Historic Macomb in McDonough County, Illinois

Macomb and McDonough County have played a significant role in the history of the state of Illinois and to the history of agriculture, academics, architecture, manufacturing and even the law.

One of the first places you should visit is the Western Illinois Museum at 201 S. Lafayette, just a block away from Macomb's historic courthouse square in downtown Macomb. Learn about current and past exhibitions, the artifact of the month and see upcoming events and educational programs. Open Tuesday through Saturday from 10am - 4pm. For more information, call the museum at (309) 837-2750.

One of our best-known historic buildings is City Hall. Tourists appreciate the vintage photographs and turn-of-the-century architecture.

The courthouse, still in use today, is on the Register of Historic Places and is an example of Second Empire Revival architecture and is built with limestone and red brick. The original Mansard Roof was replaced in 1890.

In fact, the whole town square is being preserved as an historical district. There are many shops, restaurants and bars to keep you entertained, well fed and to quench your thirst during your stay.

Downstate Illinois History

Macomb was founded in 1830 as the McDonough county seat and was named after General Alexander Macomb, a general in the War of 1812.

The town began to grow when the Northern Cross Railroad was built, connecting Macomb to destinations all over the Midwest, in 1855. Later, the Macomb and Western Illinois Railway began service January 1, 1904, connecting the towns of Littleton and Industry, a providing transportation for livestock and goods.

Over the years, the railroad owned 7 locomotives, 8 freight cars and 4 passenger cars. Traces of the old railroad are still visible. An historic railroad depot, built in 1913, is located just north of Chandler Park.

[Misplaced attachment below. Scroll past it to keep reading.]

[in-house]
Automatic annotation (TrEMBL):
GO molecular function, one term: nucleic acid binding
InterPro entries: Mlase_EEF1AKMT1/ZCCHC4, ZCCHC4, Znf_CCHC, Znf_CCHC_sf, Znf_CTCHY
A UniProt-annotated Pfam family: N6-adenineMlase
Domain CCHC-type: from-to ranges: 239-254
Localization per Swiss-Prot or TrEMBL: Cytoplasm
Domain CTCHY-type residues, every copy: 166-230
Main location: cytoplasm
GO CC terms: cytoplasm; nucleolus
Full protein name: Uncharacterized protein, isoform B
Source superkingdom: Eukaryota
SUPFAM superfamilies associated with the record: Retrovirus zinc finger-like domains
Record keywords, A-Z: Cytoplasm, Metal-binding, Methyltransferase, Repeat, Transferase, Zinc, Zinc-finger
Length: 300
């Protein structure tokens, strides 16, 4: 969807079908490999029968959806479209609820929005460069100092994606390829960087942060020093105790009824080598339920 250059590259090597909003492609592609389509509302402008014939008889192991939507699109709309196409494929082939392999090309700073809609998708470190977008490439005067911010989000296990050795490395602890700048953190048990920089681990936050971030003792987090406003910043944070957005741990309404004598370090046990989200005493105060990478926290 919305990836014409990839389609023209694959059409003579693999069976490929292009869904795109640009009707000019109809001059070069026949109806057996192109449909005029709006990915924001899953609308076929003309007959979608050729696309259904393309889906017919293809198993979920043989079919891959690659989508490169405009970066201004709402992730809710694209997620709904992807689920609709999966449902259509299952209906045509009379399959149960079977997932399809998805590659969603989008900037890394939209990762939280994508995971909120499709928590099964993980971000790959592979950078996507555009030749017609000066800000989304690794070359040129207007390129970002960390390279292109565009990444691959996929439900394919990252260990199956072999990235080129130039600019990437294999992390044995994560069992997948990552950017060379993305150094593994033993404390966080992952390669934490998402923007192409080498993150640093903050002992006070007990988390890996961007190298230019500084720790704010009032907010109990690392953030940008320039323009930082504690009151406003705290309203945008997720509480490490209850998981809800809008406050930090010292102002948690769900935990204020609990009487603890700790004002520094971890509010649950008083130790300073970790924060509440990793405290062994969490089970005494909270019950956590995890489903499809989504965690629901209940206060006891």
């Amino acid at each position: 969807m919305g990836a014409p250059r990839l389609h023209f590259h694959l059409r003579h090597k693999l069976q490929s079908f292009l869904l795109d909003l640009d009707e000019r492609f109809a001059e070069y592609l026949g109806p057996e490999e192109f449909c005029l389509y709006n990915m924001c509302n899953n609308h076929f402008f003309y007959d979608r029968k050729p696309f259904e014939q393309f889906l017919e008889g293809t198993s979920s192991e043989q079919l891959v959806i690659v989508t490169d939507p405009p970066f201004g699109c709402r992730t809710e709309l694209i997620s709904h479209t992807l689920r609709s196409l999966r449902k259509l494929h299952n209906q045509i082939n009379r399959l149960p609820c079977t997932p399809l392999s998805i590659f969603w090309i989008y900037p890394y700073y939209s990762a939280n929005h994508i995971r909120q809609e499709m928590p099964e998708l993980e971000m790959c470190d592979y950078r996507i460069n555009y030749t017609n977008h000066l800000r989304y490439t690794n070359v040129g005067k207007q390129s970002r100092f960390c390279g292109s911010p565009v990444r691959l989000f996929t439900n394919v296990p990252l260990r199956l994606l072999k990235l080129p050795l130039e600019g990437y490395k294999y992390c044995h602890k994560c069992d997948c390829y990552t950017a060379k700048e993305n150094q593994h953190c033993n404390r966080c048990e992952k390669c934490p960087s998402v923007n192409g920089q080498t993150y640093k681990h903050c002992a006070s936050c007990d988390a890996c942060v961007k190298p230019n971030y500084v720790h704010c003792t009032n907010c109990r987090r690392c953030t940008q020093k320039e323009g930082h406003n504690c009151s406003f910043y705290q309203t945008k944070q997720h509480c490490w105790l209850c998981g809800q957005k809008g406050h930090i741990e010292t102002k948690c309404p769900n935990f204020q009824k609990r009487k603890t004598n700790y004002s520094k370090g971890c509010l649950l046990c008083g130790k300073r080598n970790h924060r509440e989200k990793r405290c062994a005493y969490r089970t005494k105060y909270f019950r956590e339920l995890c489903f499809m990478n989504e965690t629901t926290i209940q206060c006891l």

Western Illinois State Normal School was founded in 1899 on land donated by Illinois Freemason's Lodge #17 and eventually became a teacher's college and ultimately Western Illinois University. Today WIU offers a wide variety curricula among its four colleges, 71 undergraduate majors and 51 degree programs.

There are numerous ghost stories associated with residence halls at WIU! Simpkins Hall is believed to be haunted by a young boy or girl and also “Harold,” supposedly a former janitor graduate assistant.

Macomb's Tinsley Flour Mill was known for the quality flour they produced, which was sent distributed across the Midwest, particularly in St. Louis. Brick manufacturing and a woolen mill were early Macomb industries.

Historic Barn Tours

Agriculture has played a major role in Macomb's history and historic barn tours are popular with many visitors and make a great activity for anyone passing through or staying in the area. You can spend an hour on the tour or make it a weekend!

Almost thirty barns dating from the early part of the 20th century remain standing today. While some have been well maintained and restored others stand in silent tribute to an era when butter was churned on the porch and dirt roads were for getting to and from.

Round Barns, Gambrels And Other Styles

The barns are of various styles from gambrels, to half pitch, to stick. A true round barn is very unusual and we have a great example of one that is on the National Historic Register. The Clarence Kleinkopf Round Barn, near Colchester, was built in 1914 and is featured on our Historic Barn Tour.

Since many of the barns are on private property, we ask all to respect the owner's privacy and take photos from the road. The barns are part of self-guided tours and may be done anytime during the year.

To get a copy of the Historic Barn Brochure contact our office via email: macvb@macomb.com. We'll need your name, and address. The historic Barn Tour is a great option for tour buses and school buses!

Macomb Trivia - Notable Macombians

Actors John Mahoney (Frasier) and Michael Boatman (Spin City, Arli$$) hail from Macomb. Boatman attended Western Illinois University, while Mahoney taught English at WIU in the early 1970's.

Authors Joe Garner, Michael Norman and Dr. Henry Wells paths included stays in Macomb, as has writer Todd Purdom, who went on the write for Vanity Fair and the New York Times. Screenwriter Marcus Dunston was born in Macomb and worked in the local movie theatre, which no-doubt influenced his career choices.

Jazz tenor, saxophonist and bandleader Al Sears was born in Macomb, and his life and career is celebrated annually at the Al Sears Jazz Festival and Gazebo Arts Festival in September.

Civil rights leader and author C.T. Vivian attended high school and college in Macomb.

If you find yourself hungry after taking in historical Macomb, you'll find this list of restaurants in Macomb useful! We have dining for all tastes and budgets!

Looking for more fun in Macomb? Check out our list of Events. There's almost always something going on!

More of what to do in Macomb? Click here!

Need a hotel room for the night or two? Click here for Macomb overnight accommodations.

Make It Macomb!